Putting the entire inventory list in a Bricklink wishlist with only one click is something I like much better .. but now the minimum amount of sellers I have to buy from is 4, over as many different countries. Pushing the lowest price to approximately €120. And although I have that money .. I’m just not going to pay more than €0,20 per LEGO element.

    You can probably see what I’m getting at.
    I would love the option that one of those possible Bricklink sellers that I see in the list is actually the LEGO company, charging the same as they do on Pick-A-Brick.

    • Jay says:

      Hey Marckies, thanks for sharing your thoughts, and illustrating it with an example.

      That type of integration that you described is great, and if LEGO’s resources would enable that to happen, that would be awesome.

      LEGO fans are pretty conservative by nature. Most of us dislike change, and would want nothing more than to have the same Pirates, Classic Space and Castle sets released ad nauseam.

      For me, I’m just concerned about Bricklink changing too much. LEGO are also notorious for being very heavy-handed and controlling, so the skepticism that they will improve Bricklink is certainly not unfounded.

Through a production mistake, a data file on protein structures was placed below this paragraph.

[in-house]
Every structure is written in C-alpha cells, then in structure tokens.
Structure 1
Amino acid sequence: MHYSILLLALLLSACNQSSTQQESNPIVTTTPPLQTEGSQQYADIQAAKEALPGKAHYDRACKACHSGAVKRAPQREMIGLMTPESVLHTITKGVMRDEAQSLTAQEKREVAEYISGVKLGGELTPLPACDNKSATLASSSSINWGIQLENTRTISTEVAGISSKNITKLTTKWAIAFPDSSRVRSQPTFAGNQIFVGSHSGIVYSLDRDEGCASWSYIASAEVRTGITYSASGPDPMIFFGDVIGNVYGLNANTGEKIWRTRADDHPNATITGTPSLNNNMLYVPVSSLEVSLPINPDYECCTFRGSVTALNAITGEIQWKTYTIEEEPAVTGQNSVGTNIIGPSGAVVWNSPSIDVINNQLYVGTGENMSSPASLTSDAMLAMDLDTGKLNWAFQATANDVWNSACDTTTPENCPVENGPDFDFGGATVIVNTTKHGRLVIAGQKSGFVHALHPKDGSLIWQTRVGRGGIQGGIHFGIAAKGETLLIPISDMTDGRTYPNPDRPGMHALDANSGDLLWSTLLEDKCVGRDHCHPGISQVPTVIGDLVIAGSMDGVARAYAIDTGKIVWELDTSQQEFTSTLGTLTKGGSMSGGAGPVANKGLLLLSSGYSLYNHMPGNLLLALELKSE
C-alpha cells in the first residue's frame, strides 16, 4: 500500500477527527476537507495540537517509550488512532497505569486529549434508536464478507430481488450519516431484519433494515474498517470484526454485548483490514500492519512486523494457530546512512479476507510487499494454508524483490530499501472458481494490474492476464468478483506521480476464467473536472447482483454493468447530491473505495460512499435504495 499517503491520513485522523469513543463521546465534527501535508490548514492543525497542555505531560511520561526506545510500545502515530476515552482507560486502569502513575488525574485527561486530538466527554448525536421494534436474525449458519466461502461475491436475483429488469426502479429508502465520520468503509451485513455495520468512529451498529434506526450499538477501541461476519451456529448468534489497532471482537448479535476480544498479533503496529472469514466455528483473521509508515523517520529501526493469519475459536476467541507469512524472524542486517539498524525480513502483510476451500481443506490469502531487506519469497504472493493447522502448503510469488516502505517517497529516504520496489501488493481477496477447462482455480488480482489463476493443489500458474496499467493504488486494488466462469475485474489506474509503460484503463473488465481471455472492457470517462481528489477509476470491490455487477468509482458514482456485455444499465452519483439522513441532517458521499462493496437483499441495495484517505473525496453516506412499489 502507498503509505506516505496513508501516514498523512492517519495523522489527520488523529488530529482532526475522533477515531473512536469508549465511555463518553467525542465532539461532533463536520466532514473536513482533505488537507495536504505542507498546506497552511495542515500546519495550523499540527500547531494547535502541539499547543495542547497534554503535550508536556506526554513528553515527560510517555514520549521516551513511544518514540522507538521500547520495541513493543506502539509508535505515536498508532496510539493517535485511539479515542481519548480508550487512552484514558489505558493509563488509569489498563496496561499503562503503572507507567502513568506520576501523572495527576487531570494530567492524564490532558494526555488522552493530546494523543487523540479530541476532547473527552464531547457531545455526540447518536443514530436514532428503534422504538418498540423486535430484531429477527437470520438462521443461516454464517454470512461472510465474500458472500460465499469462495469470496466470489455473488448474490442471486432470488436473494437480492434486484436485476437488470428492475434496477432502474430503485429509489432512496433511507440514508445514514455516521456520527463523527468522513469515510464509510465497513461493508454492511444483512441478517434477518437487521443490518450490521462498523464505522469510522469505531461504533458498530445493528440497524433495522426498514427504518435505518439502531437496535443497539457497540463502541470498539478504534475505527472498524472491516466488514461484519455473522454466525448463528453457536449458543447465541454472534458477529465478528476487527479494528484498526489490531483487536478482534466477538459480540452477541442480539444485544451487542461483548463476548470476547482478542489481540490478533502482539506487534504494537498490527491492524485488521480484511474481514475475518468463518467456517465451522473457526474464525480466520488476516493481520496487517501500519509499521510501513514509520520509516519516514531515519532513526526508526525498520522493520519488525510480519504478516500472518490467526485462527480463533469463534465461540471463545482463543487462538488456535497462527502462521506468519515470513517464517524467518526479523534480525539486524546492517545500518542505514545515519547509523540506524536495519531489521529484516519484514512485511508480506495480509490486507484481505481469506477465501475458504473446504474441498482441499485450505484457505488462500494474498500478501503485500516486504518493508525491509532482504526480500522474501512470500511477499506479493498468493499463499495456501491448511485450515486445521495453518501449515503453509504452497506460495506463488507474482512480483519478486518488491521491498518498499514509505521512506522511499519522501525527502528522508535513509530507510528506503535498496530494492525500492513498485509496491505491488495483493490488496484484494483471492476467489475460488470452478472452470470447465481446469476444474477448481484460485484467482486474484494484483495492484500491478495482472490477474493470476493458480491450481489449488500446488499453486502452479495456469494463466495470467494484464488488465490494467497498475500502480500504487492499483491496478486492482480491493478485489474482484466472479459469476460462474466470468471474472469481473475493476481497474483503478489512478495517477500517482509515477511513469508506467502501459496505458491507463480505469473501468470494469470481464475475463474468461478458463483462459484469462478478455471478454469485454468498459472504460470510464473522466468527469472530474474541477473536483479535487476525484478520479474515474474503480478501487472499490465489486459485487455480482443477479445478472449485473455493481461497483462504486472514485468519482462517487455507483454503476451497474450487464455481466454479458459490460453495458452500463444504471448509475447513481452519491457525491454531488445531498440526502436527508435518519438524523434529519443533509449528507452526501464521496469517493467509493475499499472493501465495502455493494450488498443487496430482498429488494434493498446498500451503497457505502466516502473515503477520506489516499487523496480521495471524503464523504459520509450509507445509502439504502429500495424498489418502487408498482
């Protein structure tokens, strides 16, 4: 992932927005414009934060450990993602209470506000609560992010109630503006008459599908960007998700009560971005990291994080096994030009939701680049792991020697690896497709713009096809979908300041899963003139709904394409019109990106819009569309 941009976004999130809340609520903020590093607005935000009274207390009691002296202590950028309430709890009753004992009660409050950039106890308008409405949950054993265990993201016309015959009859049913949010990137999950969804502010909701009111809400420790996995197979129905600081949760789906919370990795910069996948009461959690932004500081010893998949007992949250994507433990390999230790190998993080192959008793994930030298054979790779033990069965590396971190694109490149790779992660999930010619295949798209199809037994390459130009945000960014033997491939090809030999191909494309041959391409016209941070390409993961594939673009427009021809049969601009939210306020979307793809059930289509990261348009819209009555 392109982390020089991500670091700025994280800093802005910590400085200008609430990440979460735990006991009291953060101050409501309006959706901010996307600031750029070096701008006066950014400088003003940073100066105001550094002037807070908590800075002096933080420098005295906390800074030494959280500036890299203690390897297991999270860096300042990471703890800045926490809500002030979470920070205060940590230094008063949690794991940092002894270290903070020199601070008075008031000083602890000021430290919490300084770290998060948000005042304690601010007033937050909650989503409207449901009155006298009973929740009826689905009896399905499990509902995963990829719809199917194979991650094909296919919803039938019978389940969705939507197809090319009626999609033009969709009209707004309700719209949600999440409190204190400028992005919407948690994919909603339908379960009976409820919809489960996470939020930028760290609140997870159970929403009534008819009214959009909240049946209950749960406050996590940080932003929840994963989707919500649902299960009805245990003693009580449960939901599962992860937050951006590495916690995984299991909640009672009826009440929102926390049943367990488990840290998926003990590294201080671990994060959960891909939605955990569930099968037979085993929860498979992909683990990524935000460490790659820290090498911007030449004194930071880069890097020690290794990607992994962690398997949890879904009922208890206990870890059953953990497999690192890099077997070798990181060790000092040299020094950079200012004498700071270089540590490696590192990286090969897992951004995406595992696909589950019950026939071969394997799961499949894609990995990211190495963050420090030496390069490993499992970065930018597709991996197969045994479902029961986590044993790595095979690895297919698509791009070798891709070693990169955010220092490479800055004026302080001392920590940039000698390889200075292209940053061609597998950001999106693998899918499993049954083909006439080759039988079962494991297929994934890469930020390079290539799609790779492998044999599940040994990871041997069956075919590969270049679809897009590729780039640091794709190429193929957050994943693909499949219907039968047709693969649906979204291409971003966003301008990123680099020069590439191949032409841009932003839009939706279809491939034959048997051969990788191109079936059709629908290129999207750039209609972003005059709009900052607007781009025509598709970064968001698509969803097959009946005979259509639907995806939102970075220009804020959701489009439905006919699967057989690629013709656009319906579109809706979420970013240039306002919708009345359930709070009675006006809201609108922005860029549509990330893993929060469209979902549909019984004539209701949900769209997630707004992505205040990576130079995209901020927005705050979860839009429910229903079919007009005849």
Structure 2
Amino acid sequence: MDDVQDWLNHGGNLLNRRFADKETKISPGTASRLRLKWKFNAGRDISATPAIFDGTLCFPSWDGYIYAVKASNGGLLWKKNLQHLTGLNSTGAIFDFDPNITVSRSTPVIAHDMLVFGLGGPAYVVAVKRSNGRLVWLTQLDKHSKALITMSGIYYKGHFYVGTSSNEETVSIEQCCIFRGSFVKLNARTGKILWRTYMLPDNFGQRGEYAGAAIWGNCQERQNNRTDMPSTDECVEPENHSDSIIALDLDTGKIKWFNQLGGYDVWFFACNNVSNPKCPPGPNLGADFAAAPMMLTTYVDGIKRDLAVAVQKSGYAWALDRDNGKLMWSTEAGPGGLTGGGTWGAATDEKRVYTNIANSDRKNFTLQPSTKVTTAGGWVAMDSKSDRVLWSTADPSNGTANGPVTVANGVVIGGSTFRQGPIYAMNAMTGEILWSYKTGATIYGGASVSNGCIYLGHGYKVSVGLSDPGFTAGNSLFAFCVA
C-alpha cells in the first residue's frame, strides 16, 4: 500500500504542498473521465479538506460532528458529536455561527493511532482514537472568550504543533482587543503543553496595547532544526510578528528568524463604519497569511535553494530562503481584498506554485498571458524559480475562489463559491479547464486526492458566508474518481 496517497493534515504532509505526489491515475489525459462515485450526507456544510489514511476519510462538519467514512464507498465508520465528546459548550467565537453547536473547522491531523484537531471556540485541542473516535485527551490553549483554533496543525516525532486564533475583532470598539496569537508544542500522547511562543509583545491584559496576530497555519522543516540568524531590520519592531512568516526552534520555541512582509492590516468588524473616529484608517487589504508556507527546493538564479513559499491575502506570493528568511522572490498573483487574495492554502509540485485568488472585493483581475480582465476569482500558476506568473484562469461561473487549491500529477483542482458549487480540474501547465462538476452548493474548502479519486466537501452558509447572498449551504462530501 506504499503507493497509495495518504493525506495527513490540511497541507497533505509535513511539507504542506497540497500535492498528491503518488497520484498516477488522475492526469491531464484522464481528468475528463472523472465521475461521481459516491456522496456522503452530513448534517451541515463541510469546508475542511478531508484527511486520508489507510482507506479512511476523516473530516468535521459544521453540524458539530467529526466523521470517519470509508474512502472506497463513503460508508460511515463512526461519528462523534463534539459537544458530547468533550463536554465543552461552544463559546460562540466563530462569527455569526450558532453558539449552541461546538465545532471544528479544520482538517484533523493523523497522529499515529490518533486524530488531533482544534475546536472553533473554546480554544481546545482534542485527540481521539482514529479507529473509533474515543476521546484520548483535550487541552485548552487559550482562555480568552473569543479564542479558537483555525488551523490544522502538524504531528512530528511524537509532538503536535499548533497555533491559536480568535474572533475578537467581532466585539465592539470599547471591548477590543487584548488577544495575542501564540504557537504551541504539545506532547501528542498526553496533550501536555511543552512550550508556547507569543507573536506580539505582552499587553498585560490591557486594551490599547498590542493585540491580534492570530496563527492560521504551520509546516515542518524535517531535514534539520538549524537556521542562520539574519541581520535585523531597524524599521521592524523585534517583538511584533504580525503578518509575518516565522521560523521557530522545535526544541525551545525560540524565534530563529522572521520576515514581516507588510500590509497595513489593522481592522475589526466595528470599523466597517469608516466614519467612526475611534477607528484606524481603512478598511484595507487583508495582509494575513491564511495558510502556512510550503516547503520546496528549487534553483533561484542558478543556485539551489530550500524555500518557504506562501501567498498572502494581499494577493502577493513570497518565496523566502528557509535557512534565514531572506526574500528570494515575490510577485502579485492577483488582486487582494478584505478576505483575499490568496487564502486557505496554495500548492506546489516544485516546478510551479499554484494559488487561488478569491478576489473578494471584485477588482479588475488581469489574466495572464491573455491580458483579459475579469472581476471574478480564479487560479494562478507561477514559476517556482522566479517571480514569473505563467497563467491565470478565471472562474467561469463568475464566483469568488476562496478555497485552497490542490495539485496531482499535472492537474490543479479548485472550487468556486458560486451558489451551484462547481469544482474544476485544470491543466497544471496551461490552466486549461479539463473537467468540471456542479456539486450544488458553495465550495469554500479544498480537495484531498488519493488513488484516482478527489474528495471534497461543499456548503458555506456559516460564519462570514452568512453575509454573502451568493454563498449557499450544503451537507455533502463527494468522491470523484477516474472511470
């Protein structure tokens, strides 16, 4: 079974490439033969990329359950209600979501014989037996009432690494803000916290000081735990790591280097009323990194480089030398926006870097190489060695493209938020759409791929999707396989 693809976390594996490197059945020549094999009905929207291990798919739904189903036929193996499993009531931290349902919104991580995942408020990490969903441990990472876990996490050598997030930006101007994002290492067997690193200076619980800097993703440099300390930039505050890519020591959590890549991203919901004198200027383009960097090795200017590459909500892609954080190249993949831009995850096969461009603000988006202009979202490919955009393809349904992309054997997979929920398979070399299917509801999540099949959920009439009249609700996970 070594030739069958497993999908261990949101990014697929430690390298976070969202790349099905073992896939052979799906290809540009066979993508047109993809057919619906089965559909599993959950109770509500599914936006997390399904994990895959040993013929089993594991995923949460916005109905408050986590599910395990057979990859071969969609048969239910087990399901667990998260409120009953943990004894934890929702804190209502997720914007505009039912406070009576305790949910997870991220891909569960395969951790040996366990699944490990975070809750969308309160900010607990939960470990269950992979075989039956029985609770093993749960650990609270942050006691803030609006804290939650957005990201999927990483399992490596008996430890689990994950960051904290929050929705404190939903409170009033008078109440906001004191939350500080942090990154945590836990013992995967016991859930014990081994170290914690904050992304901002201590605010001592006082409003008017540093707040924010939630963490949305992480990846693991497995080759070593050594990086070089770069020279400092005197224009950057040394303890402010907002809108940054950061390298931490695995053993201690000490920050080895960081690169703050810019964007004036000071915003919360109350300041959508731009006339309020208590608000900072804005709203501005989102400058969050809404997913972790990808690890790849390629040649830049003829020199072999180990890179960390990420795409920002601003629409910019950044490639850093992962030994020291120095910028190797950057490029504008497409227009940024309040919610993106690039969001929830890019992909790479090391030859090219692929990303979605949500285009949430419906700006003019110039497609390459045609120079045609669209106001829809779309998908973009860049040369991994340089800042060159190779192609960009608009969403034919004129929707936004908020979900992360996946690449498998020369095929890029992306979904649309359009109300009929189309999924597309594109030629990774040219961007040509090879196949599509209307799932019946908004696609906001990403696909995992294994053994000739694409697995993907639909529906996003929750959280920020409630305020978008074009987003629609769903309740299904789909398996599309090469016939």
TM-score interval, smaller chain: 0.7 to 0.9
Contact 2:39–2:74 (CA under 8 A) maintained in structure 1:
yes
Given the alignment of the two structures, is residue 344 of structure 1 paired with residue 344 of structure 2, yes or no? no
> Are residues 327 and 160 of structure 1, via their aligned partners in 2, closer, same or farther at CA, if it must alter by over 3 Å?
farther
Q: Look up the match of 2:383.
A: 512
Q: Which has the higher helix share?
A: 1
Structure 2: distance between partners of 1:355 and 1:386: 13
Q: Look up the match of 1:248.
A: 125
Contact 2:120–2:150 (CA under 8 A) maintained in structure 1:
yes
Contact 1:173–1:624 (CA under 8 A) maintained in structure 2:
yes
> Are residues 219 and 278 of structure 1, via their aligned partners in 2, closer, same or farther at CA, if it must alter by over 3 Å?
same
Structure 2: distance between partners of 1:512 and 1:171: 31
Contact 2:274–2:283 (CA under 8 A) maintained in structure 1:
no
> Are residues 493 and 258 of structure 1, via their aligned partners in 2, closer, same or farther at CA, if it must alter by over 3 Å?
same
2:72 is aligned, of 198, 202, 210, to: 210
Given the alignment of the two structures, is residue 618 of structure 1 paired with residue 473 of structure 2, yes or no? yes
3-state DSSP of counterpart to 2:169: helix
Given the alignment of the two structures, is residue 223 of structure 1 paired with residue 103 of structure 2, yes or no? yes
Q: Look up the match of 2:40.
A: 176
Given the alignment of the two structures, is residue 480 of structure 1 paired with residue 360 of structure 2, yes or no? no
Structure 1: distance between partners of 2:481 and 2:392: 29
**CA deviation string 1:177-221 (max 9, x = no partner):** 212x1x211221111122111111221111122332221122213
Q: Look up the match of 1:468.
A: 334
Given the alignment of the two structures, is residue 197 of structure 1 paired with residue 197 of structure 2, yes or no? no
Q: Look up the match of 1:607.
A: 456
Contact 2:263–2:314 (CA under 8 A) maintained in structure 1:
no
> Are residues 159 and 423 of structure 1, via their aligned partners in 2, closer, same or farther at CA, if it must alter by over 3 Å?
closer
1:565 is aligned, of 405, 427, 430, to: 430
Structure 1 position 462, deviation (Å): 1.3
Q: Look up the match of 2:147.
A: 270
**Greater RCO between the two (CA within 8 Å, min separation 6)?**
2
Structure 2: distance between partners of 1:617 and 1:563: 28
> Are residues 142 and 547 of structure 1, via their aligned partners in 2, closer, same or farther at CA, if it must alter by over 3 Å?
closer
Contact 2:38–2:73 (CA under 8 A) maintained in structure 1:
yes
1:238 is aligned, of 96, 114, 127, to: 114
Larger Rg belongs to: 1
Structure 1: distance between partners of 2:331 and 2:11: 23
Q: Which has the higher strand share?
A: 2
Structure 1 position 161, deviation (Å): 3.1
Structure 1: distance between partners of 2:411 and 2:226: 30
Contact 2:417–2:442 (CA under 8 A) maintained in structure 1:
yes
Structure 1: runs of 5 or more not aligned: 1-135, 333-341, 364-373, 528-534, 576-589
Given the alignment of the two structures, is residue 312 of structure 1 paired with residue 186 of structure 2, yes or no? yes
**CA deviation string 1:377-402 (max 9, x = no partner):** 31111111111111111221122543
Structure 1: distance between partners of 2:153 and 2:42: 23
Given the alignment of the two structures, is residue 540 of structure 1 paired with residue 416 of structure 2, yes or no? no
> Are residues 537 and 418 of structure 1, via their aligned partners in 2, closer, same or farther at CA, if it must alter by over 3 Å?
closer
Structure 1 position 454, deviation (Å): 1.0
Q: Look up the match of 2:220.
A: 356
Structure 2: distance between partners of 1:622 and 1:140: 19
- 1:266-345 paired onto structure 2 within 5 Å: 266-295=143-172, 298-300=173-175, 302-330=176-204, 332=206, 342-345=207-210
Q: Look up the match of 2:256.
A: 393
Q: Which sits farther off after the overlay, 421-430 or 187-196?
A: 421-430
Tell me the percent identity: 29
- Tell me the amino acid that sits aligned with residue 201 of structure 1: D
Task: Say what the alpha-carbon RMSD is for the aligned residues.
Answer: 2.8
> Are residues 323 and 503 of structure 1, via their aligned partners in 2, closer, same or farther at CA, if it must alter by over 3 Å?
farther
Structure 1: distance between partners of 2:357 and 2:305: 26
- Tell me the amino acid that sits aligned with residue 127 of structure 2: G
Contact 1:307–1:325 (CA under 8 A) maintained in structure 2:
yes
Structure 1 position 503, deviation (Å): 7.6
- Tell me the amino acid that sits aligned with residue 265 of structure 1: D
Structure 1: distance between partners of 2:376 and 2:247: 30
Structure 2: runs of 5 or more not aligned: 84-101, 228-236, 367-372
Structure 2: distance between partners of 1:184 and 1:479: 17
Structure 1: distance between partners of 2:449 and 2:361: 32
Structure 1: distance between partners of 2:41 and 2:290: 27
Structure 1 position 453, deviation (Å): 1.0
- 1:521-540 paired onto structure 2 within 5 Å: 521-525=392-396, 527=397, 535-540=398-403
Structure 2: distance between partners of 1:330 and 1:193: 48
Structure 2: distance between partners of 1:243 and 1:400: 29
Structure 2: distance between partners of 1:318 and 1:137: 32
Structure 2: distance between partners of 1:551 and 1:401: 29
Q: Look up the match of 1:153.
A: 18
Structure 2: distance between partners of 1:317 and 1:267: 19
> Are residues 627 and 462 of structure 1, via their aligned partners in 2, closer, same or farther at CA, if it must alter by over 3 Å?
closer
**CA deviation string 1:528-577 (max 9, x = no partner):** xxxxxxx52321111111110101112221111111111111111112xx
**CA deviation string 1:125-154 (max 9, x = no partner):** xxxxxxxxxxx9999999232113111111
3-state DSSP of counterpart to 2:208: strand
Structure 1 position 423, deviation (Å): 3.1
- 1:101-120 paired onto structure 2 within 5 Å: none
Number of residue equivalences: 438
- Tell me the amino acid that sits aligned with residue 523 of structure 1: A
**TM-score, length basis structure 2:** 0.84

Have you read their recent Ask Me Anything responses? https://www.bricklink.com/r3/announcement/lego_bl_faq.page

  6. J.d says:

    This is like your parents (lego) controlling everything you do on the internet (bricklink) when you are a teenager.

  7. Ernesto says:

    This is one of the most sensible responses on the LEGO acquisition of Bricklink I’ve read. Well done!

    We’ve been on Bricklink for about 10 years and upto a few years ago we were amongst biggest sellers worldwide.
    In recent years we’ve changed our business model and LEGO has become a smaller portion of our business. But our heart is still with LEGO and with Bricklink, where we started.

    We think it’s clear that LEGO has reached the decline phase of their current life cycle. They’ve been growing consistently from 2004-2017, partly during a period of economic recession. They accomplished one of the most succesful business turnarounds in recent history and achieved something unprecedented.
    But even LEGO is not invulnerable to the forces of economic nature. What comes up will go down because the world changes. Kids now spend their childhood time more on phones than with physical toys and that’s something all toy manufacturers have to deal with.

    It’s upto LEGO to reinvent themselves (again). They are not there yet and we see mostly bad moves at the moment. Acquiring Bricklink is more a defensive measure than part of LEGO reinvention. We think that acquiring LEGO is about acquiring data more than anything else. And of course they want to increase the AFOL share of their turnover as well, to cover for the turnover loss in the kids section.

    Is this bad for Bricklink?
    In short term probably not much will change.